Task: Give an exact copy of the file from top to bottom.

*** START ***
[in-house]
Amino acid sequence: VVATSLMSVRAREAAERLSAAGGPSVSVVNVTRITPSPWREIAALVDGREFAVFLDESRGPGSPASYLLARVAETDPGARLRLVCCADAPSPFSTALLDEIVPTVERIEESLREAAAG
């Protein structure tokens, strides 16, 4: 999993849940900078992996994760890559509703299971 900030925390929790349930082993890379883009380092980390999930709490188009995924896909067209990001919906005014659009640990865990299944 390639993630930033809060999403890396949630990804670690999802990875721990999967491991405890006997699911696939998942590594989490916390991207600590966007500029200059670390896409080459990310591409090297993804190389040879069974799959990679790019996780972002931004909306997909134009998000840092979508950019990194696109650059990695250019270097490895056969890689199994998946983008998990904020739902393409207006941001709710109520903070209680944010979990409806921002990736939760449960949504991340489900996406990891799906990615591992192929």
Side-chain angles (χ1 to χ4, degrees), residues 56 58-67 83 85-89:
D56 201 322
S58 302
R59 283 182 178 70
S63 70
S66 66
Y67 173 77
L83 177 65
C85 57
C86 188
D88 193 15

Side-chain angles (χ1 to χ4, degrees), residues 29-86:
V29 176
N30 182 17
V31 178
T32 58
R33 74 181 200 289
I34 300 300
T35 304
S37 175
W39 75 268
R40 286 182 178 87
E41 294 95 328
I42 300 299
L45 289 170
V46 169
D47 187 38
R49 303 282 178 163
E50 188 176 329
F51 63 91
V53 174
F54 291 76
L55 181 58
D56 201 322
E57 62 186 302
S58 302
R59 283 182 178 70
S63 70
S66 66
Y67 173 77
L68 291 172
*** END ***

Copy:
[in-house]
Amino acid sequence: VVATSLMSVRAREAAERLSAAGGPSVSVVNVTRITPSPWREIAALVDGREFAVFLDESRGPGSPASYLLARVAETDPGARLRLVCCADAPSPFSTALLDEIVPTVERIEESLREAAAG
């Protein structure tokens, strides 16, 4: 999993849940900078992996994760890559509703299971 900030925390929790349930082993890379883009380092980390999930709490188009995924896909067209990001919906005014659009640990865990299944 390639993630930033809060999403890396949630990804670690999802990875721990999967491991405890006997699911696939998942590594989490916390991207600590966007500029200059670390896409080459990310591409090297993804190389040879069974799959990679790019996780972002931004909306997909134009998000840092979508950019990194696109650059990695250019270097490895056969890689199994998946983008998990904020739902393409207006941001709710109520903070209680944010979990409806921002990736939760449960949504991340489900996406990891799906990615591992192929």
Side-chain angles (χ1 to χ4, degrees), residues 56 58-67 83 85-89:
D56 201 322
S58 302
R59 283 182 178 70
S63 70
S66 66
Y67 173 77
L83 177 65
C85 57
C86 188
D88 193 15

Side-chain angles (χ1 to χ4, degrees), residues 29-86:
V29 176
N30 182 17
V31 178
T32 58
R33 74 181 200 289
I34 300 300
T35 304
S37 175
W39 75 268
R40 286 182 178 87
E41 294 95 328
I42 300 299
L45 289 170
V46 169
D47 187 38
R49 303 282 178 163
E50 188 176 329
F51 63 91
V53 174
F54 291 76
L55 181 58
D56 201 322
E57 62 186 302
S58 302
R59 283 182 178 70
S63 70
S66 66
Y67 173 77
L68 291 172